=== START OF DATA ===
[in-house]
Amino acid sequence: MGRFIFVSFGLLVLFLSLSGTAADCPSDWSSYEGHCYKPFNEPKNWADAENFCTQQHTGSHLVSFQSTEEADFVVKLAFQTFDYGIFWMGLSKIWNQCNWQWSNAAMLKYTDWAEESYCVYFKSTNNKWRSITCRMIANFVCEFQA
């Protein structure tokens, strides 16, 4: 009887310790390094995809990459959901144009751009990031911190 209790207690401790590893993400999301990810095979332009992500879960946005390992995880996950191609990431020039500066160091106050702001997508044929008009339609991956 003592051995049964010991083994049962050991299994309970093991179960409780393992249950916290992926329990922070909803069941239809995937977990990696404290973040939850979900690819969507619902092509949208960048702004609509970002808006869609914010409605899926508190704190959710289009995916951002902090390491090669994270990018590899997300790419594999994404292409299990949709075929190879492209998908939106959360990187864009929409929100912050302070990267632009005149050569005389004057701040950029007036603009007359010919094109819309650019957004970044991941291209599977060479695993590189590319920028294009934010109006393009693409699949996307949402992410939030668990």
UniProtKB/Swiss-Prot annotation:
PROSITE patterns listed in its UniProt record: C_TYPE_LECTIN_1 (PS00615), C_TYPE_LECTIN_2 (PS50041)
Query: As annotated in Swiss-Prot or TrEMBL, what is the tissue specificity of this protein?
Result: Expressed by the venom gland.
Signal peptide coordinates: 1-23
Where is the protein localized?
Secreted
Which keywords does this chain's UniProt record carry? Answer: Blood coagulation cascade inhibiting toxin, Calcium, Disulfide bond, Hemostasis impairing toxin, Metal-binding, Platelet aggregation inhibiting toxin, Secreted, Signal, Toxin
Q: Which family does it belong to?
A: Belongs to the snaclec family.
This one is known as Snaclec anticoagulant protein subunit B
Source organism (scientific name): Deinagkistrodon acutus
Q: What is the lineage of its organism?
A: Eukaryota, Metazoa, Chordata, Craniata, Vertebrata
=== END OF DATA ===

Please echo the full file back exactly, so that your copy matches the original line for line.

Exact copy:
[in-house]
Amino acid sequence: MGRFIFVSFGLLVLFLSLSGTAADCPSDWSSYEGHCYKPFNEPKNWADAENFCTQQHTGSHLVSFQSTEEADFVVKLAFQTFDYGIFWMGLSKIWNQCNWQWSNAAMLKYTDWAEESYCVYFKSTNNKWRSITCRMIANFVCEFQA
């Protein structure tokens, strides 16, 4: 009887310790390094995809990459959901144009751009990031911190 209790207690401790590893993400999301990810095979332009992500879960946005390992995880996950191609990431020039500066160091106050702001997508044929008009339609991956 003592051995049964010991083994049962050991299994309970093991179960409780393992249950916290992926329990922070909803069941239809995937977990990696404290973040939850979900690819969507619902092509949208960048702004609509970002808006869609914010409605899926508190704190959710289009995916951002902090390491090669994270990018590899997300790419594999994404292409299990949709075929190879492209998908939106959360990187864009929409929100912050302070990267632009005149050569005389004057701040950029007036603009007359010919094109819309650019957004970044991941291209599977060479695993590189590319920028294009934010109006393009693409699949996307949402992410939030668990």
UniProtKB/Swiss-Prot annotation:
PROSITE patterns listed in its UniProt record: C_TYPE_LECTIN_1 (PS00615), C_TYPE_LECTIN_2 (PS50041)
Query: As annotated in Swiss-Prot or TrEMBL, what is the tissue specificity of this protein?
Result: Expressed by the venom gland.
Signal peptide coordinates: 1-23
Where is the protein localized?
Secreted
Which keywords does this chain's UniProt record carry? Answer: Blood coagulation cascade inhibiting toxin, Calcium, Disulfide bond, Hemostasis impairing toxin, Metal-binding, Platelet aggregation inhibiting toxin, Secreted, Signal, Toxin
Q: Which family does it belong to?
A: Belongs to the snaclec family.
This one is known as Snaclec anticoagulant protein subunit B
Source organism (scientific name): Deinagkistrodon acutus
Q: What is the lineage of its organism?
A: Eukaryota, Metazoa, Chordata, Craniata, Vertebrata